Mussels have a complex and distinctive reproductive cycle. Males release sperm into the water, which are drawn in by females through their incurrent siphon. Fertilized eggs are brooded in the female's gills, where they develop into tiny larvae called glochidia. Studies in the upper Mississippi River suggest that the washboard is tachytictic, with females brooding their young short-term before they are released as glochidia in October. Once the glochidia are expelled from the female's gills, they attach to fish gills or fins by clamping onto them with their valves. The glochidia live as parasites on the host fish until they develop into juvenile mussels, at which point they detach from the fish and fall to the streambed as free-living mussels. Host fishes for the glochidia of the washboard have been verified as the green sunfish (Lepomis cyanellus), black bullhead (Ameiurus melas), and the channel catfish (Ictalurus punctatus) (Woody and Holland-Bartells 1993).

  Conservation / Management

Threats to the viability of remaining populations of washboard mussels found in Minnesota include the continuing decline in habitat conditions on the Mississippi River associated with its management as a navigation canal, and non-point and point source water and sediment pollution. Dams, channelization, and dredging increase siltation, physically alter habitat conditions, and block the movement of fish hosts. The washboard is also being impacted by the infestation of non-native zebra mussels (Dreissena polymorpha) in the Mississippi and St. Croix rivers and their tributaries. Zebra mussels can attach themselves in large numbers to the shells of native mussels, eventually causing death by suffocation. Additional impacts come from harvesting due to the high commercial value of washboard shells to the cultured pearl industry. If the effects of these factors cannot be mitigated, the washboard may become endangered in the near future.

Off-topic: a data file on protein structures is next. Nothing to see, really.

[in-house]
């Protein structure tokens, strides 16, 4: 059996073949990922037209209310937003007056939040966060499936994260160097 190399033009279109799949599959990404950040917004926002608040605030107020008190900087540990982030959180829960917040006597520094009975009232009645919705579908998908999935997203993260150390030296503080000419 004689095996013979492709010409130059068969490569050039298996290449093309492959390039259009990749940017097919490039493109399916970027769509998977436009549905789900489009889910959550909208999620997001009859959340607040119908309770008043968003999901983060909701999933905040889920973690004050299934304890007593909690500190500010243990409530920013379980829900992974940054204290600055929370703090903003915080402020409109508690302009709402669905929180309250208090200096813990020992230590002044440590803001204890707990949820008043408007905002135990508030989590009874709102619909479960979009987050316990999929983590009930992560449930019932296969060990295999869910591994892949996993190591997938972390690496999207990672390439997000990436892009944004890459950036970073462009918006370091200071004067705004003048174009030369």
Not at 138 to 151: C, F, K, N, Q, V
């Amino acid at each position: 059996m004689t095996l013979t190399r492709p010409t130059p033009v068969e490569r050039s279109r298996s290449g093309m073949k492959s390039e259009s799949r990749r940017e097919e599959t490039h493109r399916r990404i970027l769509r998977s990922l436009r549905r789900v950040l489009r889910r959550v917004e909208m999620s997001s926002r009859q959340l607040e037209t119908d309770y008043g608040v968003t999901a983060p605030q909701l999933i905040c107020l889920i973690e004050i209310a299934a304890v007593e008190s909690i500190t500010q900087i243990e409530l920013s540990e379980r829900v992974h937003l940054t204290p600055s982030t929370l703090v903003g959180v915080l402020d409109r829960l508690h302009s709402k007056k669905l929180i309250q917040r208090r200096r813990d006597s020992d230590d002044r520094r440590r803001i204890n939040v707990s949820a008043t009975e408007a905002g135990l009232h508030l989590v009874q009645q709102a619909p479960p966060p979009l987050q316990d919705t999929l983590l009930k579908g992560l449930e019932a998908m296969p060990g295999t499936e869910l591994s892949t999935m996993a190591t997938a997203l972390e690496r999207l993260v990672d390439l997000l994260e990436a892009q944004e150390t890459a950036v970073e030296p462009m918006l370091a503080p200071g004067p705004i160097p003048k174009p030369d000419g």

Conservation Efforts in Minnesota

A 10-year statewide mussel survey initiated by the Minnesota DNR in 1999 resulted in a better understanding of the washboard's ecology and current status in Minnesota. Additionally, over 600 washboard mussels were collected from zebra mussel infested habitats in the Mississippi River in 2000 and translocated into areas of the Mississippi River south of the Twin Cities, where habitats were devoid of zebra mussels.

  References and Additional Information

Bright, R. C., C. Gatenby, D. Olson, and E. Plummer. 1990. A survey of the mussels of the Minnesota River, 1989. Final report submitted to the Natural Heritage and Nongame Research Program, Minnesota Department of Natural Resources. 106 pp.

Grier, N. M. 1922. Final report on the study and appraisal of mussel resources in selected areas of the Upper Mississippi River. American Midland Naturalist 8:1-33.

Heath, D. J. 1990. Identification of distribution, abundance, and critical habitat for Lampsilis higginsi and Category 2 species of mussels - performance report - Ocober 1, 1987 to September 30, 1988. Wisconsin Endangered Resources Report #65. 11 pp. + tables and figures.

Hornbach, D. J., P. Baker, and T. Deneka. 1995. Abundance and distribution of the endangered mussel Lampsilis higginsi in the lower St. Croix River, Minnesota and Wisconsin. Final report submitted to the U.S. Fish and Wildlife Service, Minneapolis, Minnesota. 68 pp.

Sietman, B. E. 2003. Field guide to the freshwater mussels of Minnesota. Minnesota Department of Natural Resources, St. Paul, Minnesota. 144 pp.

Thiel, P. 1981. A survey of unionid mussels in the upper Mississippi River (pools 3-11). Technical Bulletin 124. Wisconsin Department of Natural Resources, Madison, Wisconsin. 24 pp.

van der Schalie, H., and A. van der Schalie. 1950. The mussels of the Mississippi River. American Midland Naturalist 44:448-464.

Woody, C. A., and L. Holland-Bartells. 1993. Reproductive characteristics of a population of the washboard mussel Megalonaias nervosa (Rafinesque 1829) in the upper Mississippi River. Journal of Freshwater Ecology 8:57-66.